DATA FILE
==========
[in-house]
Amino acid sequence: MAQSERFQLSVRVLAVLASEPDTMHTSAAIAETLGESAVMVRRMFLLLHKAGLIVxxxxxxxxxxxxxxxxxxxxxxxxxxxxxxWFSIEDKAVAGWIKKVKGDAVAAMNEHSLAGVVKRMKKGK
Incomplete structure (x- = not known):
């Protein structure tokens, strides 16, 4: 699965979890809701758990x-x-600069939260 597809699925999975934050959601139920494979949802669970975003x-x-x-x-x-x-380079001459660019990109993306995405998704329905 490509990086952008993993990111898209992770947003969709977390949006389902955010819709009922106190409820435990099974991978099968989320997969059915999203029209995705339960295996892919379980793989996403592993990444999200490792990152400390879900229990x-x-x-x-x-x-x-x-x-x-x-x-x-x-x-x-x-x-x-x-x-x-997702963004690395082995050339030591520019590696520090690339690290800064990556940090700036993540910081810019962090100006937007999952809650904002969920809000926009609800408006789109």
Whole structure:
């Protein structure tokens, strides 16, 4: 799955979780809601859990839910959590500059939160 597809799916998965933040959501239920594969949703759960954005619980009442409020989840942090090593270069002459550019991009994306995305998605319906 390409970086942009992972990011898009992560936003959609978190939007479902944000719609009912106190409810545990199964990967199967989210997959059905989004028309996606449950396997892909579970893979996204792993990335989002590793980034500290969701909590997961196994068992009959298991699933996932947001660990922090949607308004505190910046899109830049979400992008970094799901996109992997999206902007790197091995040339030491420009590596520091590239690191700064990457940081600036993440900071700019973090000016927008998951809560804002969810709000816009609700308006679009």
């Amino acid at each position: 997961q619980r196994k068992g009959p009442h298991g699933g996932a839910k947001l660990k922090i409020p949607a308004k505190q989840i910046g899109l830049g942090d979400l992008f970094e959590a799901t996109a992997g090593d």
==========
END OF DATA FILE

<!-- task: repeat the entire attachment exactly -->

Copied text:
[in-house]
Amino acid sequence: MAQSERFQLSVRVLAVLASEPDTMHTSAAIAETLGESAVMVRRMFLLLHKAGLIVxxxxxxxxxxxxxxxxxxxxxxxxxxxxxxWFSIEDKAVAGWIKKVKGDAVAAMNEHSLAGVVKRMKKGK
Incomplete structure (x- = not known):
């Protein structure tokens, strides 16, 4: 699965979890809701758990x-x-600069939260 597809699925999975934050959601139920494979949802669970975003x-x-x-x-x-x-380079001459660019990109993306995405998704329905 490509990086952008993993990111898209992770947003969709977390949006389902955010819709009922106190409820435990099974991978099968989320997969059915999203029209995705339960295996892919379980793989996403592993990444999200490792990152400390879900229990x-x-x-x-x-x-x-x-x-x-x-x-x-x-x-x-x-x-x-x-x-x-997702963004690395082995050339030591520019590696520090690339690290800064990556940090700036993540910081810019962090100006937007999952809650904002969920809000926009609800408006789109």
Whole structure:
């Protein structure tokens, strides 16, 4: 799955979780809601859990839910959590500059939160 597809799916998965933040959501239920594969949703759960954005619980009442409020989840942090090593270069002459550019991009994306995305998605319906 390409970086942009992972990011898009992560936003959609978190939007479902944000719609009912106190409810545990199964990967199967989210997959059905989004028309996606449950396997892909579970893979996204792993990335989002590793980034500290969701909590997961196994068992009959298991699933996932947001660990922090949607308004505190910046899109830049979400992008970094799901996109992997999206902007790197091995040339030491420009590596520091590239690191700064990457940081600036993440900071700019973090000016927008998951809560804002969810709000816009609700308006679009």
């Amino acid at each position: 997961q619980r196994k068992g009959p009442h298991g699933g996932a839910k947001l660990k922090i409020p949607a308004k505190q989840i910046g899109l830049g942090d979400l992008f970094e959590a799901t996109a992997g090593d």